“Without Funny or Die, there would be no ‘Between Two Ferns’ movie,” he said. “Funny or Die broadened out people’s taste in comedy. They brought an absurdist take to it. It became the place for weird content to live.”
Now that weird absurdist content can find homes all over the internet. Mr. Farah is a big believer that comedy is the genre best suited for streaming platforms.
“The mass influx of comedy specials and series that have already performed well on streaming platforms have conditioned audiences away from the communal feeling of laughing together,” he said. “It’s a bummer, but consumers have so much choice now, and that seems to be the choice they are making.”
The challenge for Mr. Farah and Funny or Die, which once had a staff of 140 but is down to 65, will be to differentiate itself from other comedy producers as its branded content recedes.
“Maybe if you asked a 14-year-old in Cleveland, ‘What’s Funny or Die?’ they might not know, whereas 10 years ago a 14-year-old in Cleveland would definitely know about Pearl and the videos,” said Lewis Kay, the chief executive of Kovert Creative, which represents comedy stars like Amy Poehler and Awkwafina.
“But they do know how to speak to an audience that people think is easy to get to in comedy but, as the box office for comedies over the past few years has proven, isn’t that easy,” he added.
Mr. Farah argues that the brand, which between its presence on YouTube, Facebook, Twitter and its own website boasts some 40 million followers, gives the company an edge. Outtakes from the “Between Two Ferns” movie will be featured on those platforms, giving the film an extra promotional boost. There is also new short-form branded content, including a second season of “Under a Rock With Tig Notaro,” which begins shooting this weekend and is sponsored by Amazon and its Alexa device, and “Cooking With Jeff Goldblum” from Kroger Foods.
Creating branded content can be complicated, though. In October, Mr. McKay left the company after Funny or Die teamed up with Shell Oil and posted a three-episode branded content series, “Glowing Up Fast,” without consulting him.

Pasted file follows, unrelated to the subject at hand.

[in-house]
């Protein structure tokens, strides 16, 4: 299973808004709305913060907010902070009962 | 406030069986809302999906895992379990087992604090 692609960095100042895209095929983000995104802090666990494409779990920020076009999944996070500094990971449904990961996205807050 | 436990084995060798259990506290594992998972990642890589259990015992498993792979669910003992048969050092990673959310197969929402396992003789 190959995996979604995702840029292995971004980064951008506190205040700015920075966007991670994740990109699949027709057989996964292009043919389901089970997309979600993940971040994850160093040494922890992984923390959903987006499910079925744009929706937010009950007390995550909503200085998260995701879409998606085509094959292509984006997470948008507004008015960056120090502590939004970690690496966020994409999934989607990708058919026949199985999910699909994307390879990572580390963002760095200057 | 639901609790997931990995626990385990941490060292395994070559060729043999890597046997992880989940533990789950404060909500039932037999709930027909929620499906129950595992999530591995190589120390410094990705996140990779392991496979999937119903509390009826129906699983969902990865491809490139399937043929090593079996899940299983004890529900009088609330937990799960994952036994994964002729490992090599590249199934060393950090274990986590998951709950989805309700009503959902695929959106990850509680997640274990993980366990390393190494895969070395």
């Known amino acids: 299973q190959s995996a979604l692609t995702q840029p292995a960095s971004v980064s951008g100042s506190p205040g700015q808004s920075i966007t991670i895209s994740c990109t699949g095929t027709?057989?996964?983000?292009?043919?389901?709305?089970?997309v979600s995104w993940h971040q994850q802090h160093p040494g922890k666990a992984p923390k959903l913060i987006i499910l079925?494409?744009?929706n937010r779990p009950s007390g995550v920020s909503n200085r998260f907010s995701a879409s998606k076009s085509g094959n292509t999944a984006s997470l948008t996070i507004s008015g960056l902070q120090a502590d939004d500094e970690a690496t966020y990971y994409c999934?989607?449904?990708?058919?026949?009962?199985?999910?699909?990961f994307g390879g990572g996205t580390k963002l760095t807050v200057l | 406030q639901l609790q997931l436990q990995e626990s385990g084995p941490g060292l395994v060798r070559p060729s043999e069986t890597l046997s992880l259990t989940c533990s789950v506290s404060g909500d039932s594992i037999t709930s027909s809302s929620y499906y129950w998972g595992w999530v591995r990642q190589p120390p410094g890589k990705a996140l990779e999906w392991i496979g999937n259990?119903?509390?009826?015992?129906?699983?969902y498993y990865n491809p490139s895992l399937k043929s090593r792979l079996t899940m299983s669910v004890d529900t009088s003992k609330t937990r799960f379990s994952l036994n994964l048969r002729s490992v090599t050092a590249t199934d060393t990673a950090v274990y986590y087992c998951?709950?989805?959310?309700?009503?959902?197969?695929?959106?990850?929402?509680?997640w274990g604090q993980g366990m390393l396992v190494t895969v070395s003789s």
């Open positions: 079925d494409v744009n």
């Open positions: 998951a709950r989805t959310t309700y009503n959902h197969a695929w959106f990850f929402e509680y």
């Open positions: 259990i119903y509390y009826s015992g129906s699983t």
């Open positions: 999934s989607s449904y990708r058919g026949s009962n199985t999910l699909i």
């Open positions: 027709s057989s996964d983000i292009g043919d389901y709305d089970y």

“If any advertising deal would have merited checking in with me it would have been this,” Mr. McKay, best known as the Oscar-winning writer and director of films like “The Big Short” and “Vice,” said in an email.
Mr. Farah demurred when asked about Mr. McKay’s departure. “I think it was a lot of things coming together at once,” he said. “We forge onwards.”
For Mr. Farah that meant, in part, visiting the Malibu set of “Flipped,” at the Spanish-style mansion serving as Mr. Garcia’s Mexican hacienda. The crew was excitedly discussing how the estate, nicknamed La Via Contenta, was rumored to be where Beyoncé convalesced after having her twins. The director, Ryan Case, and the series co-creator Damon Jones sat at a video monitor watching footage.
“We are really excited to be part of Quibi’s first batch of content,” Mr. Jones said. “If it does well, we can help define their comedy slate.”
It’s a sentiment Mr. Farah shares. “I’m the one man in Hollywood, other than Jeffrey Katzenberg, who loves Quibi,” he said with a laugh.
Still, Mr. Farah admits that staying the course as an independent company all these years hasn’t been easy. Some days he wants to sell Funny or Die. On others, he believes its comedic imprint could become as well known as that of “Saturday Night Live.”
For that to remain a possibility, however, Funny or Die will need to keep audiences, streaming platforms and brands laughing.
“The blessing and the curse of Funny or Die is I would put our slate up against anyone’s, but we have to constantly be in production, constantly making sure that talent is being serviced,” Mr. Farah said. “We have to be good partners to the Netflixes and the Amazons and the Krogers of the world.
“This isn’t a sit back and have 100 episodes just appear in your lap,” he continued. “It’s not for the faint of heart.”